When you're looking to rule the world, it's always good to have a respected ‘King' leading the charge.
Known as ‘King Henrik,' there's no doubting Henrik Lundqvist will go a long way in determining how Team Sweden will fare at the upcoming Olympic Winter Games in Vancouver.
If past history is any indication of their chances at winning gold, Swedish players and fans have plenty of reason for optimism.
Lundqvist's most memorable international performance came at the 2006 Winter Olympics in Turin, Italy, where he led Sweden to the gold medal over their arch rival, Finland. In six Olympic starts, Lundqvist went 5–1, allowing just 12 goals with a .907 save percentage.
It was sweet redemption for Sweden after a disastrous 2002 Olympics in which they lost to Belarus and skated away finishing in fifth place.
“I know I was watching the game but I don't remember where it was, actually,” recalled Lundqvist, of the unexpected loss. “It feels like such a long time ago. I don't know, I remember I saw the game, but everyone else was kind of shocked after the game. Things started to happen. Especially now the teams are getting stronger and stronger, even the smaller teams, if you can say the smaller nations.
“I don't think any player will think about the past,” continued Lundqvist. “They will just try to focus on the tournament. Of course we're going to go for the gold, but there are a lot of nations that have a very good team.”
And while there is no shortage of top-tier goaltending at the upcoming Games, Lundqvist is certainly at or near the top of the list of talented backstoppers, one who boasts of a stellar international career.
Ludqvist is the all-time leader among goaltenders, and eleventh overall of all players, in games played for the Swedish national junior's ice hockey team.
At the 2001 World Junior Ice Hockey Championships in Moscow, Lundqvist led the Swedish national junior team to a fourth-place finish in the tournament. After an upset 3–2 win over the host nation in the quarterfinals, Sweden lost 1-0 against Czech Republic in the semi, and 2–1 in overtime against Canada in the bronze medal game.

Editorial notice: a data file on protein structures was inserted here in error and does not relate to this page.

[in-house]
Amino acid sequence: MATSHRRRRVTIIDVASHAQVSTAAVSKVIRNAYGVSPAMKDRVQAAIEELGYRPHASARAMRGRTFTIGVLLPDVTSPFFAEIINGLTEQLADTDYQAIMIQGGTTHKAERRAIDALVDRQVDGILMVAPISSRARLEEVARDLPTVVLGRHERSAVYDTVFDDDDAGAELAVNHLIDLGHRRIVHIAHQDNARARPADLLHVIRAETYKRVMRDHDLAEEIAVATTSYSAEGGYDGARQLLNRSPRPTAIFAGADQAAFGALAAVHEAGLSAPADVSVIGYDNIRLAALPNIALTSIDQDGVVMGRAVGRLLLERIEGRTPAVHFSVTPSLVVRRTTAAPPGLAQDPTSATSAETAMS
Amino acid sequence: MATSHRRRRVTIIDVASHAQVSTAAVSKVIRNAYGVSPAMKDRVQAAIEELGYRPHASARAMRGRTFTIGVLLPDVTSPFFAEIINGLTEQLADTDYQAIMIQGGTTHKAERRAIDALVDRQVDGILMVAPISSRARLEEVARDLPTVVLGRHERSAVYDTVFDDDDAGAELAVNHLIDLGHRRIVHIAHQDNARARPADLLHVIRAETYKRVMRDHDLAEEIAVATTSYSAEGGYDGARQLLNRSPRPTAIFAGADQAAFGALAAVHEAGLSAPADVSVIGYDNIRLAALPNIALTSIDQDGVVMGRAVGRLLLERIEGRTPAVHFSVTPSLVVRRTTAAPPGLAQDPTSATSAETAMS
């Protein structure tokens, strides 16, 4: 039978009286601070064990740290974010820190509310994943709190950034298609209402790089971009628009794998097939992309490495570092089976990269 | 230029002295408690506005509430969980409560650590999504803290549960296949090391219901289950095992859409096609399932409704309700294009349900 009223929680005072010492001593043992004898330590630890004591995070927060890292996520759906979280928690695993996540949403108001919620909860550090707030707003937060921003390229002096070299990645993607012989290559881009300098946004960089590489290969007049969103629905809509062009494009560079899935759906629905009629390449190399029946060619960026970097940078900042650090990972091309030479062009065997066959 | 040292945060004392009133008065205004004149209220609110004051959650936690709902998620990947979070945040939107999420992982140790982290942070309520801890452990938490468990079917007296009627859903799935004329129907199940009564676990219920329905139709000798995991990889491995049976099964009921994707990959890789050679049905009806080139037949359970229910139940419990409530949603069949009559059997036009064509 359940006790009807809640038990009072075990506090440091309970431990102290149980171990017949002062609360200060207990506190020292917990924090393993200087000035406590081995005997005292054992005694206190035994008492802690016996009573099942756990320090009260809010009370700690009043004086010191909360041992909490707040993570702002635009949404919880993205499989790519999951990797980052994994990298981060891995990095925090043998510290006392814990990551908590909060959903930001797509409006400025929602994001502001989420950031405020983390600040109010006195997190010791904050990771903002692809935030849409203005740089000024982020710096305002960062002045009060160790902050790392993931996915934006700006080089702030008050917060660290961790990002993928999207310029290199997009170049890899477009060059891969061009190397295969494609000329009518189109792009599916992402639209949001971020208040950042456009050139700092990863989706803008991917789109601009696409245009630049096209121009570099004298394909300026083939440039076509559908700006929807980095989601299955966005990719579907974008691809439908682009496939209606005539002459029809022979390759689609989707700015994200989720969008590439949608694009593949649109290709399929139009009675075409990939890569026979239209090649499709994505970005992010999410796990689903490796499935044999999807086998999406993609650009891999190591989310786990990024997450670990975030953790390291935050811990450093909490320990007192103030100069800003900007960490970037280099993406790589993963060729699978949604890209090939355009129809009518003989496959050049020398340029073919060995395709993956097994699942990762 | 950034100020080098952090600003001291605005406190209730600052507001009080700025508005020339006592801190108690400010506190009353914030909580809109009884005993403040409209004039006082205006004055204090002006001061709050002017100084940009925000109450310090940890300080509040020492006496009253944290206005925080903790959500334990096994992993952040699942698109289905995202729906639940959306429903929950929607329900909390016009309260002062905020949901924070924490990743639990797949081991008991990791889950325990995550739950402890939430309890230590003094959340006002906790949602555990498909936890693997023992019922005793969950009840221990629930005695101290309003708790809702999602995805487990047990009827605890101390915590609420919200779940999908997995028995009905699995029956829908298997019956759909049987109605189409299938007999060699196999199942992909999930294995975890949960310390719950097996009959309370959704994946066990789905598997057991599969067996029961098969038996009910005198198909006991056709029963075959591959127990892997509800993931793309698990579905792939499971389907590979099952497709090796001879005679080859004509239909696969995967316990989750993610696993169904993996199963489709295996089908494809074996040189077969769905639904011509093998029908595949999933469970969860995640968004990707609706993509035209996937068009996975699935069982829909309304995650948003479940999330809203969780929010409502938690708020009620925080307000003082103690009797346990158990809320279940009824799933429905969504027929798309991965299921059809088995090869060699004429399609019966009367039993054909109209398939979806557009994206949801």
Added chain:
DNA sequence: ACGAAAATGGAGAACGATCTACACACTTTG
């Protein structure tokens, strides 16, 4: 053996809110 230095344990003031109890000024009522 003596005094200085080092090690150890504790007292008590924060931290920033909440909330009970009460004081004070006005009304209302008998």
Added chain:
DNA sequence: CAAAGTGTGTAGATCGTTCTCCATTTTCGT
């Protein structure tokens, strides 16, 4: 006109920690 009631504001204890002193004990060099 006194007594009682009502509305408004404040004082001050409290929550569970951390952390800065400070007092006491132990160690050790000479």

Lundqvist was selected to the 2003 Men's World Ice Hockey Championships as the third string goaltender behind Tommy Salo and Mikael Tellqvist.
The following year at the 2004 Men's World Ice Hockey Championships, Lundqvist took the reins as starter and was selected to the tournament all star team.
In the Euro Hockey Tour during the 2004–05 season, Lundqvist was named best goaltender in the Karjala Tournament and Sweden Hockey Games by the directorate and was selected to the media All-Star squad in both tournaments.
At the 2005 Men's World Ice Hockey Championships in Vienna and Innsbruck, Austria, Lundqvist played in all nine games during the tournament where Sweden lost the bronze medal game against Russia.
“It is the biggest honour to play for your country,” said Lundqvist, who was selected 205th overall in 2000 by the New York Rangers. “It's a very special feeling.”
Lundqvist believes international play has been a huge boost to his NHL career.
“I played a lot of international tournaments and they helped me prepare for the NHL I think, facing good players,” said the 27-year-old, who was a finalist for the Vezina Trophy (top goaltender) in his first three NHL seasons. “It helped me a lot to make this adjustment. I think especially to know in your head that you can compete against the best players in the world and that helped me a lot.”
Lundqvist, who won two of Sweden's most coveted awards in 2005, the Golden Puck (player of the year) and Golden Helmet (MVP as decided by a vote of its players) continues to be one of the NHL's most consistent goaltenders.
He has also become one of the most revered athletes in his native Sweden and New York.
“From the first games I started playing, they (Rangers fans) started screaming my name,” said Lundqvist. “As a rookie, you're always concerned about the first games you get and when you try to get into the League, and they just supported me from day one. I really love to play in the Garden. It's a nice atmosphere in there and as I said, they have been very supportive to the team and especially to me. So it's been great.”
Another crowning moment, in the form of Olympic gold, wouldn't be so bad either.